Stephen Schimpff, MD MACP on Medika Life

Cardiovascular Disease Even After Mild COVID-19 Is Real

Although Relatively Uncommon, It Can Be Very Debilitating

Eleanor, a friend who is vaccinated and boosted, was always very careful about contacts with others. She met with a small group of friends for a holiday dinner, each of whom had also been vaccinated and boosted. A few days later one friend called to say that he had been diagnosed with Covid-19. She went to the local county health department and was tested and found to be negative. But a few days later fever and fatigue developed, the latter lasting about 10 days.

Afterwards she was fine but two months later, when getting out of bed to go to the bathroom, her heart rate jumped up to about 130 bpm. She laid back down but it persisted. Episodes like this occurred nearly every time she moved about and were very scary. On one occasion her heart rate got up to about 200 bpm. “I thought I was going to die.”

She saw her primary care physician at a time when her heart rate was normal. The physician did a history, exam, electrocardiogram and all was normal. She had no idea of what had happened and had no further suggestions. “If it recurs, come on back.” The symptoms did recur the next day and she went back to see the physician. This time she was sent for a cardiac echo and a CAT scan. Both were normal. [The history of recent Covid-19 should have suggested a Long Covid syndrome such as inappropriate tachycardia syndrome, postural orthostatic tachycardia syndrome (POTS) or some of the other arrhythmia syndromes associated with Long Covid. Unfortunately, relatively few doctors are aware.] The symptoms continued to occur and so she was finally referred to a cardiologist.

The cardiologist, also not familiar with Long Covid cardiac issues, was baffled by the symptoms and had her wear a Holter monitor (this device records the electrocardiogram continuously over a day or more) during the weekend. She returned on Monday and was told that she would hear the results within 24 hours. But despite frequent calls to the office, she didn’t hear for almost 10 days.

When finally called, it was a different doctor who said that on one occasion her heart rate had jumped up to 170 bpm and “this is very concerning.” She said “Yes, I agree. I know because I took my pulse then.” The cardiologist had no particular suggestions and was completely unaware of cardiac issues post Covid despite the fact that the patient had brought in references.

She is now seeing a specialist in Long Covid syndromes and who is quite competent in dealing with heart and vascular problems after Covid.

As outlined in my previous article, Long Covid occurs in 10 to 30% of individuals with mild Covid-19 infection. Some of these people develop various cardiovascular symptoms. I want to emphasize here that I am not referring to patients who have had severe Covid-19 with hospitalization and perhaps ventilator support. Instead, the focus is on individuals with mild Covid. As you will see, these individuals can develop various heart and blood vessel syndromes that can range from asymptomatic, to minor annoyances to quite severe, to death.

Heart damage is just one more aspect of Long Covid. It is known that the coronavirus can infect the cells of all three layers of the heart plus the outer lining of the heart, the pericardium. Coronavirus also infects the endothelial (lining) cells of the coronary arteries and other blood vessels. So there’s plenty of opportunity for the coronavirus to cause some level of damage to the heart and blood vessels. It also can attack the nervous system either directly or via autoantibodies.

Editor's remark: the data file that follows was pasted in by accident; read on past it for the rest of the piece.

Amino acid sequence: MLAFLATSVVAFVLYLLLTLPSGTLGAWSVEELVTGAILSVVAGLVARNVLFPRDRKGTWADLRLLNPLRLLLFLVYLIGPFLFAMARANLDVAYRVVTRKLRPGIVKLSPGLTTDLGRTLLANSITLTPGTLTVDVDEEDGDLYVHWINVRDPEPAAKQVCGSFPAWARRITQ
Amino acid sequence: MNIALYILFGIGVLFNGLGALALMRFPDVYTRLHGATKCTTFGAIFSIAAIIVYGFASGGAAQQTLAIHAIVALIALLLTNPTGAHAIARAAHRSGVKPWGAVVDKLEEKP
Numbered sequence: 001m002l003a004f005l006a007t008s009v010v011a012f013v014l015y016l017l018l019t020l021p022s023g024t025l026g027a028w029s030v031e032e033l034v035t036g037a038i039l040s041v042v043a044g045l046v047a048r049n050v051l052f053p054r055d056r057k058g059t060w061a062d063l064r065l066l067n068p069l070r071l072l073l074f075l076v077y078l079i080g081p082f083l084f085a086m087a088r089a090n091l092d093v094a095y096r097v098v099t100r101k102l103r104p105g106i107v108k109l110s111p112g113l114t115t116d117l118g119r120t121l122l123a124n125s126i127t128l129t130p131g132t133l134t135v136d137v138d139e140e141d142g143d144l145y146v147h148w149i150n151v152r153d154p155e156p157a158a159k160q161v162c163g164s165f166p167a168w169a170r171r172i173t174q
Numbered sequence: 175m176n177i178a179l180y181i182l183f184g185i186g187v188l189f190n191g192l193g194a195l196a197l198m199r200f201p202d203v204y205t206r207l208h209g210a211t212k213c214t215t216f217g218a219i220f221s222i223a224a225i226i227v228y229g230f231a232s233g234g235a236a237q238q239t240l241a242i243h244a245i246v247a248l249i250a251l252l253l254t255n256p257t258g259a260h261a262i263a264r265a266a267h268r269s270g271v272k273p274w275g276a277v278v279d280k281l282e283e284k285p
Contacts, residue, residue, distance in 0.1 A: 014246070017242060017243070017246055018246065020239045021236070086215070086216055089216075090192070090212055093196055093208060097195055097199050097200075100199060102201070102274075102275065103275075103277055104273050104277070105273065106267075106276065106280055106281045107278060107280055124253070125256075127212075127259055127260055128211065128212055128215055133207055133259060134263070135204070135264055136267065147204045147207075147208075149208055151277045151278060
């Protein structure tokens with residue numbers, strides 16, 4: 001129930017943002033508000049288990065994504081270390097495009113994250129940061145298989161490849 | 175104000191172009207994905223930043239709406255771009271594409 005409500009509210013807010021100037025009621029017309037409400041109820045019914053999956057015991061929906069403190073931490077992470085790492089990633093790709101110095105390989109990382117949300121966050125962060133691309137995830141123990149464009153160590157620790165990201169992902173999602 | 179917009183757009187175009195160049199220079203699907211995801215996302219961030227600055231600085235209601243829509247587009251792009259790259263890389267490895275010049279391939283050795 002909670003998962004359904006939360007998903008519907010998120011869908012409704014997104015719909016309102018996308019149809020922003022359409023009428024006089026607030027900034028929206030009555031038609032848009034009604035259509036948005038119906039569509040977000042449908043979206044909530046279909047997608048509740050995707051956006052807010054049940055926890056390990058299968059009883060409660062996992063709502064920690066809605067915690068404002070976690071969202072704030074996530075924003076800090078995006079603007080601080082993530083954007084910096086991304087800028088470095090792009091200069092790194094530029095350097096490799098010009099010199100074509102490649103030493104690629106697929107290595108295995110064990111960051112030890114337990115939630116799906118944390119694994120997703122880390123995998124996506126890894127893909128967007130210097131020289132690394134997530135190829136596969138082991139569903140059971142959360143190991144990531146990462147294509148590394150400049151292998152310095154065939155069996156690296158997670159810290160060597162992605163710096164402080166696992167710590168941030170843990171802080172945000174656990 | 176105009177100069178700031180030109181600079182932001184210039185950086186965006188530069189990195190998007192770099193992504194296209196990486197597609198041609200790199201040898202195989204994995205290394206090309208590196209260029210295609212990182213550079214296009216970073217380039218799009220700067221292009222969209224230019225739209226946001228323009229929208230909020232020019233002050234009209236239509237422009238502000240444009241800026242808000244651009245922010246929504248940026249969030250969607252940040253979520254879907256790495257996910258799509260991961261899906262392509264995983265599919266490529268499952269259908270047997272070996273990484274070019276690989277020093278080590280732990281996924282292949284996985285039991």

It is a concern that this damage is occurring or can occur in young previously very healthy individuals. They are just the ones that typically have mild disease or asymptomatic infection. Fairly early in the pandemic there was a study of 26 college competitive athletes who had tested positive for Covid-19. Most of them were asymptomatic and none were hospitalized. Yet on MRI, 12 to 53 days following their initial diagnosis, 46% demonstrated evidence of myocarditis (inflammation of the heart muscle cells) or other cardiac injury. This was a wakeup call that even those who had mild disease could have some form of heart damage including those who were very healthy and young.

The question is — will the pandemic result in many individuals with damaged hearts, individuals that will need long term care?

My friend Eleanor in the opening story above has post exertion tachycardia or a related arrhythmia syndrome.

POTS has been known to be a rare syndrome since long before the pandemic. Most affected individuals, usually young women, report a “viral illness” that preceded onset. POTS can have associated fatigue and brain fog, memory difficulty and headaches, even nausea and vomiting. It is a form of “dysautonomia” that occurs in an estimated one to three million Americans. Dysautonomia refers to an imbalance in the autonomic nervous system, the sympathetic and parasympathetic systems that control heart rate, breathing, GI motility, blood pressure and other automatic functions of the body. Just what causes this imbalance is unclear.

Now POTS is being seen in increased numbers after mild Covid. Certainly not common but very disabling.

Inappropriate tachycardia syndromes including post exertion are being recognized with increasing regularity, sufficient that the term has been suggested as a distinct group of syndromes following Covid-19.

There is evidence that the vagus nerve, the long nerve that operates the parasympathetic system, is damaged by the coronavirus. This damage may be in part the cause of fatigue and other generalized symptoms. But there is also evidence that the tiny nerve endings throughout the body are damaged. Those that surround blood vessels can result in an inability of the smooth muscles around these vessels to contract normally and hence impacting blood pressure. It is likely that this damage is not directly from the virus. Rather, evidence points to the development of autoantibodies that damage nerve endings.